MAN hTGX Zero-emission Small Sequence Truck Options Hydrogen Combustion Engine

Photo by Hanson Lu

MAN Truck & Bus is developing a new small series truck with a hydrogen combustion engine and a focus on the environment.

In 1996, MAN Truck & Bus introduced the first hydrogen-powered bus, the SL 202, powered by a natural gas engine modified for hydrogen operation. The new MAN hTGX will be the first European small series truck with a hydrogen combustion engine. 

The hydrogen system is both efficient and effective. The newly developed hydrogen drive will work well for transport tasks that have limited space for batteries. The H45 hydrogen combustion engine delivers power quickly and offers an output of 520 hp and a torque of 2500 Nm at 900-1300 rpm. High payloads are well tolerated, and the maximum range is up to 600 km. The 56 kg capacity tank can be refueled in less than 15 minutes with hydrogen compressed to 700 bar (CG H2).  

“We are continuing to focus on battery-electric vehicles to decarbonize road freight transport. These currently have clear advantages over other drive concepts in terms of energy efficiency and operating and energy costs. However, trucks powered by hydrogen combustion engines are a useful addition for special applications and markets. We anticipate that we will be able to best serve the vast majority of our customers’ transport applications with battery-powered trucks. For special applications, hydrogen combustion or, in the future, fuel cell technology is a suitable supplement. The hydrogen combustion engine H45 is based on the proven D38 diesel engine and is produced at the engine and battery plant in Nuremberg. The use of familiar technology enables us to enter the market at an early stage and thus provides a decisive impetus for the ramp-up of the hydrogen infrastructure. With the hTGX, we have now added an attractive product to our zero-emission portfolio,” said Friedrich Baumann, Executive Board Member of MAN Truck & Bus.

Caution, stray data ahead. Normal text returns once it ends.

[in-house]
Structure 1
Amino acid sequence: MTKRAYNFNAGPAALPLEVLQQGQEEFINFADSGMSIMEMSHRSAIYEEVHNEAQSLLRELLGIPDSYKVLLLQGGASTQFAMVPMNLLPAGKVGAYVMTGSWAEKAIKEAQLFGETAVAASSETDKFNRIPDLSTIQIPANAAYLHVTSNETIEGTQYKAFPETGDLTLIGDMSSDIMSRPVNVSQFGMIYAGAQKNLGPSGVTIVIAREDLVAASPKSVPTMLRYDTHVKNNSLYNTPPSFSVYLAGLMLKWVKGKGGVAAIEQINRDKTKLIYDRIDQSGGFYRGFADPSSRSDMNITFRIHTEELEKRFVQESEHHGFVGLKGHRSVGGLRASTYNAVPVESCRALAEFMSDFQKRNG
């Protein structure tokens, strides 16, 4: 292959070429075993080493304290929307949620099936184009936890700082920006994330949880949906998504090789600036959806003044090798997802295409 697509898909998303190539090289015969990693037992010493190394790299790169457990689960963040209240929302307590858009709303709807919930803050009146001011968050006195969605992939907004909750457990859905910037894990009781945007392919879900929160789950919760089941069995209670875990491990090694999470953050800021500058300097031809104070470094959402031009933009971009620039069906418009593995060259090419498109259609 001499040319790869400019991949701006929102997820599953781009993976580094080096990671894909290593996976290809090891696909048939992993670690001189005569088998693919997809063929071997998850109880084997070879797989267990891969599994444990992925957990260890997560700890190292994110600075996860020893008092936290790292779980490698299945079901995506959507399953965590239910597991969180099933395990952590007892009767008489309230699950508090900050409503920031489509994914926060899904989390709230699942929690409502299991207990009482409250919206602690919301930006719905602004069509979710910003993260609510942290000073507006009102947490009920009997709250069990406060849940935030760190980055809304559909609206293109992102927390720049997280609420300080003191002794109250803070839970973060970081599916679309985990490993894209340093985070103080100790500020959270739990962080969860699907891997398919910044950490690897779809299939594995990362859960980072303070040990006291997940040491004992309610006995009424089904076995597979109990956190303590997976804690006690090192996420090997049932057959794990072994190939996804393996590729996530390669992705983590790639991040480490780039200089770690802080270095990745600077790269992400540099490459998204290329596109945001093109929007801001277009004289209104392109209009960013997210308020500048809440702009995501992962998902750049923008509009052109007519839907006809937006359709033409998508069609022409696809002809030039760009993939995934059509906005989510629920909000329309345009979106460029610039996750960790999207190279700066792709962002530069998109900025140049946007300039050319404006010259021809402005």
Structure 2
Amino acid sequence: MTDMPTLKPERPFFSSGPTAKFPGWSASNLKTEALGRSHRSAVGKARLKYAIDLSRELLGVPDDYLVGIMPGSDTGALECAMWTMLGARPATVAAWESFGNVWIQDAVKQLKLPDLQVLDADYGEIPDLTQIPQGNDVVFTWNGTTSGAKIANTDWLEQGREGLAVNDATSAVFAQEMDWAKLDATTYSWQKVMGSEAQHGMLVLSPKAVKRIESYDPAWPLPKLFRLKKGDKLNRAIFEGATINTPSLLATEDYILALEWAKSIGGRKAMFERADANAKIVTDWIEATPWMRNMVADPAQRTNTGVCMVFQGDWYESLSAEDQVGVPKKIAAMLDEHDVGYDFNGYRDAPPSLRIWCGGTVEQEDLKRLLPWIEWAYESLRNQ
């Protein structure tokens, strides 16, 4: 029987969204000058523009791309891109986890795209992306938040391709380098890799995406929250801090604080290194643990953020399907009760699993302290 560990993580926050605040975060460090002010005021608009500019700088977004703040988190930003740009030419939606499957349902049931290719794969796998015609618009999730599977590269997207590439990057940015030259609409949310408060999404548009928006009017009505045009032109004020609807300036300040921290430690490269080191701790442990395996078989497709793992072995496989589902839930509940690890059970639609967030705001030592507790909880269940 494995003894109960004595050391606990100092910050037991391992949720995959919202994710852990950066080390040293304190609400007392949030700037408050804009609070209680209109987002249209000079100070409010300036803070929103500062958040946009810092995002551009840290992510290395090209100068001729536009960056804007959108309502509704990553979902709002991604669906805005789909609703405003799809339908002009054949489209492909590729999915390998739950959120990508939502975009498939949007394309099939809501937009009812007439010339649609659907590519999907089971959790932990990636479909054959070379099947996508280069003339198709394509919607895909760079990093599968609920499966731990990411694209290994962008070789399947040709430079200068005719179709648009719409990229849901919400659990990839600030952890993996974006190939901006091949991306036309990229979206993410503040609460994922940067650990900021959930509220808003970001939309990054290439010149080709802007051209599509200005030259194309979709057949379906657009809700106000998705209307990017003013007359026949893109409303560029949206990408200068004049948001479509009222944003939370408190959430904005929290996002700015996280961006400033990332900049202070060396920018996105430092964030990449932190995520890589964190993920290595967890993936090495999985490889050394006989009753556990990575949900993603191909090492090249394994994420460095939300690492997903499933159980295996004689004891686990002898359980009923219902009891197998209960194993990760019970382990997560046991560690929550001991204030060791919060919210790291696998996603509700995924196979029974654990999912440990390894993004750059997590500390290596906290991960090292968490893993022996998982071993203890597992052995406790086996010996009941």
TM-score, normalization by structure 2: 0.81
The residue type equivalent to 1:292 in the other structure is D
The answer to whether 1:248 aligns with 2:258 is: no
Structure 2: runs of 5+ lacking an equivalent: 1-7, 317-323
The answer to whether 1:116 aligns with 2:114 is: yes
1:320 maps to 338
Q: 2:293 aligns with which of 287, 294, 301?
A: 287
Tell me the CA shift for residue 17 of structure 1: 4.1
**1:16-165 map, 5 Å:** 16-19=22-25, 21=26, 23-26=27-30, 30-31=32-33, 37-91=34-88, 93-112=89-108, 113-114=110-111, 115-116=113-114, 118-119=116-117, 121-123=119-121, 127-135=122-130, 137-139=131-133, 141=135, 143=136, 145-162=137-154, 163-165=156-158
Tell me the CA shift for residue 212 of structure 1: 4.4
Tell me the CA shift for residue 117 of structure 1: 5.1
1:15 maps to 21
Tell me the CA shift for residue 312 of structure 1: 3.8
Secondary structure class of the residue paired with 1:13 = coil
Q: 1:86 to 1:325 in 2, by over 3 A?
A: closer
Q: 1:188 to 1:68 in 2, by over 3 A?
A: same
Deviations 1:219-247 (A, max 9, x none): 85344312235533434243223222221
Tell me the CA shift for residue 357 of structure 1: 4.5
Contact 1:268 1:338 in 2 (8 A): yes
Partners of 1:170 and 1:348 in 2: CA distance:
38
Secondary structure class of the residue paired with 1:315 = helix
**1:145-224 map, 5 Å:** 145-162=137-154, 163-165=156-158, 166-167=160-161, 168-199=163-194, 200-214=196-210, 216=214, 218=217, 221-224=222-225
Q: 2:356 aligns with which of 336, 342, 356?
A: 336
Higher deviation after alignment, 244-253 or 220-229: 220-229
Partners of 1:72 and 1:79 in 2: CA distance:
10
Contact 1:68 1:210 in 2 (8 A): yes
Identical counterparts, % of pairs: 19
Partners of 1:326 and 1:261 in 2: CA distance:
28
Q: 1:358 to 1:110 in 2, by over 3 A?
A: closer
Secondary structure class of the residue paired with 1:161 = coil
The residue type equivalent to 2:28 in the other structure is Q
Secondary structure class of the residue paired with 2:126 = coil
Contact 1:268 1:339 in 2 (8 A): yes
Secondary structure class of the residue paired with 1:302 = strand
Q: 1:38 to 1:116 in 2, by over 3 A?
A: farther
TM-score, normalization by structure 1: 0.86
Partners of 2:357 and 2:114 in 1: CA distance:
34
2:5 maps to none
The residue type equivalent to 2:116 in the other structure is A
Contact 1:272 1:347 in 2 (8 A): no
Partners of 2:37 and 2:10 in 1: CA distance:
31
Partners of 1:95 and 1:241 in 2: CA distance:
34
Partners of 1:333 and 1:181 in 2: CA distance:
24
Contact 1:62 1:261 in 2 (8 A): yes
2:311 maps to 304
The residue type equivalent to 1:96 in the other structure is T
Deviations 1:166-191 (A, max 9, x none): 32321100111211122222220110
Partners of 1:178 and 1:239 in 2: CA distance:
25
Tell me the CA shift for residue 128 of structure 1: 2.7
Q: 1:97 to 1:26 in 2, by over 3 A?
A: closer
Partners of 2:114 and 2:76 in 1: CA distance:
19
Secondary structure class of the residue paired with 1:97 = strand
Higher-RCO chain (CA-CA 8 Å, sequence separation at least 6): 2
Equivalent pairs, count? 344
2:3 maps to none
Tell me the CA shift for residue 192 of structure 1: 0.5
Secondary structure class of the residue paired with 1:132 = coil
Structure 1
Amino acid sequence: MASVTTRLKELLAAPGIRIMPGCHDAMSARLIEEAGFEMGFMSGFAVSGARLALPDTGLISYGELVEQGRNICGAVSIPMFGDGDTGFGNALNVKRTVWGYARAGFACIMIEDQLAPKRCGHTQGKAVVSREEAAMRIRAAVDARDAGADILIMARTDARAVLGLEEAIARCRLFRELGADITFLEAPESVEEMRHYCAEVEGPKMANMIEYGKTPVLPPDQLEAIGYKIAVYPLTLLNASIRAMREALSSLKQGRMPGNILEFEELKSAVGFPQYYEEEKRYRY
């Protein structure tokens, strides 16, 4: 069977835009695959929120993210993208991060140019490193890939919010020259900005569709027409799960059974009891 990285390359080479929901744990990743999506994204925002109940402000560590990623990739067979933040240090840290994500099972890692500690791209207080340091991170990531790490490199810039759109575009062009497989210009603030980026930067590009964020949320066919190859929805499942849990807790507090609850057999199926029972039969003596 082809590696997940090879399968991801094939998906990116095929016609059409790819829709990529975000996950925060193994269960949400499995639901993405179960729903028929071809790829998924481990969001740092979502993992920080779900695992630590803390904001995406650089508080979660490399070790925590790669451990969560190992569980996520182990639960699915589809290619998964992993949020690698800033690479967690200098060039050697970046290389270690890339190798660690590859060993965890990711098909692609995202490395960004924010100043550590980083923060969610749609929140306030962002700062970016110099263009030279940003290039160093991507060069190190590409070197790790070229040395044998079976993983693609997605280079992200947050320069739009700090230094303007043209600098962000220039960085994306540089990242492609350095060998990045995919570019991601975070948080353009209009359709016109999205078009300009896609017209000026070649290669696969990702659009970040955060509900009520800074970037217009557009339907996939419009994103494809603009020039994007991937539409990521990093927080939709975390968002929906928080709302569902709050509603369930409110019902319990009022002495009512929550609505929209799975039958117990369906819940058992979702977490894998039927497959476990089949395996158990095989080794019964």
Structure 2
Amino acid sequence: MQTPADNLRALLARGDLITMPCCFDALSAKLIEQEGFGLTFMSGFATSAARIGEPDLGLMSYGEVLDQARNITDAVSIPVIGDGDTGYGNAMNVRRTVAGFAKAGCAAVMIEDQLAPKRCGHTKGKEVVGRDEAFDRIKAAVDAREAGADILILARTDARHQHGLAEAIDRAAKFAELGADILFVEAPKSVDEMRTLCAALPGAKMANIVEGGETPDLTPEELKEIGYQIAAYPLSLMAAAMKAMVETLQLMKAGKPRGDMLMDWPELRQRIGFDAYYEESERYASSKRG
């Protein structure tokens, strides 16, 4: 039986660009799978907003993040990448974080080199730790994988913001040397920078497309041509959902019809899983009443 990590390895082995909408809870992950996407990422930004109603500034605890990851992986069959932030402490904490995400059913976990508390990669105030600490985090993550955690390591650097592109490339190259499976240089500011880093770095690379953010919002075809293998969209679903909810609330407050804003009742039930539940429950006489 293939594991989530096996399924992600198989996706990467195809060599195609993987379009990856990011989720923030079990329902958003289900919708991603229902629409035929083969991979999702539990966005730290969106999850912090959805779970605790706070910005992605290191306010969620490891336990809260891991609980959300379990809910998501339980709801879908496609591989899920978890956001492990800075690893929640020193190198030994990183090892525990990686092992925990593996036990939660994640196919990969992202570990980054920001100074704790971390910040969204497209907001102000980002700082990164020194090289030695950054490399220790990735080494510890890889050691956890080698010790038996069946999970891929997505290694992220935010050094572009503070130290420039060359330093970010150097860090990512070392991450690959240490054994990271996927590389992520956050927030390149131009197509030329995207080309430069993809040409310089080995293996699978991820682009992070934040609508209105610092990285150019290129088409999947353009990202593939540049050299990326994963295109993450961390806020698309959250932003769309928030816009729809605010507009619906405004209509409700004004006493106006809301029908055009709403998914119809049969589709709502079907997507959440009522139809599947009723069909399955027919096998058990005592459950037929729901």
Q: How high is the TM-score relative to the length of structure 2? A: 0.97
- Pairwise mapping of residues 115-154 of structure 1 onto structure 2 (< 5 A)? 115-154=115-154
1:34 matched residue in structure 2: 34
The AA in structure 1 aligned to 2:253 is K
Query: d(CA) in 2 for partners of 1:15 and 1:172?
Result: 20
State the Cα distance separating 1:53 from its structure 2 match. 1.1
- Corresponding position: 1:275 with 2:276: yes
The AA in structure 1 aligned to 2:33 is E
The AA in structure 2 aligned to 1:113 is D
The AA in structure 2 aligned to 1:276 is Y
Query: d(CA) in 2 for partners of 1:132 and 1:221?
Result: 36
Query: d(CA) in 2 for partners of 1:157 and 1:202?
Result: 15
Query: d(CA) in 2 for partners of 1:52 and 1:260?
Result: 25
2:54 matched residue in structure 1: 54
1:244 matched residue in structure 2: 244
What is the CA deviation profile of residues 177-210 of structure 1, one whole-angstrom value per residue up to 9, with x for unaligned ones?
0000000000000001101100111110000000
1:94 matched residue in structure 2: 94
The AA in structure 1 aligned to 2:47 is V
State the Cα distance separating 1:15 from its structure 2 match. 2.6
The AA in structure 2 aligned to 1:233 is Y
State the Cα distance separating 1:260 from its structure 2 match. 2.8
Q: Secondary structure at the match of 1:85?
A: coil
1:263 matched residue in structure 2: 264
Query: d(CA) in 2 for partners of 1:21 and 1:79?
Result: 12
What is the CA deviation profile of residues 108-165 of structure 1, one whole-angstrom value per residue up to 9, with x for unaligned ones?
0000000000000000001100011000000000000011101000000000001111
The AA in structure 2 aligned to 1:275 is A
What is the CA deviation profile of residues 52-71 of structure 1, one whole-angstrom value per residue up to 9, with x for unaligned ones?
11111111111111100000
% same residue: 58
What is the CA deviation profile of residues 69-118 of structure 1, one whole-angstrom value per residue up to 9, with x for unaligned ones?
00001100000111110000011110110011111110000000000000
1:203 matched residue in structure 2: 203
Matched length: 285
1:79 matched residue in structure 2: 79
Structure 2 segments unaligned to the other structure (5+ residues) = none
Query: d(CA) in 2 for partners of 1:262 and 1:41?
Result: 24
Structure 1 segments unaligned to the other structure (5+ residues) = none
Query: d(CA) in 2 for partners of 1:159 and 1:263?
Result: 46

The MAN hTGX, with emissions less than 1g CO2/tkm, meets the planned EU CO2 legislation guidelines for classification as a zero-emission vehicle. 

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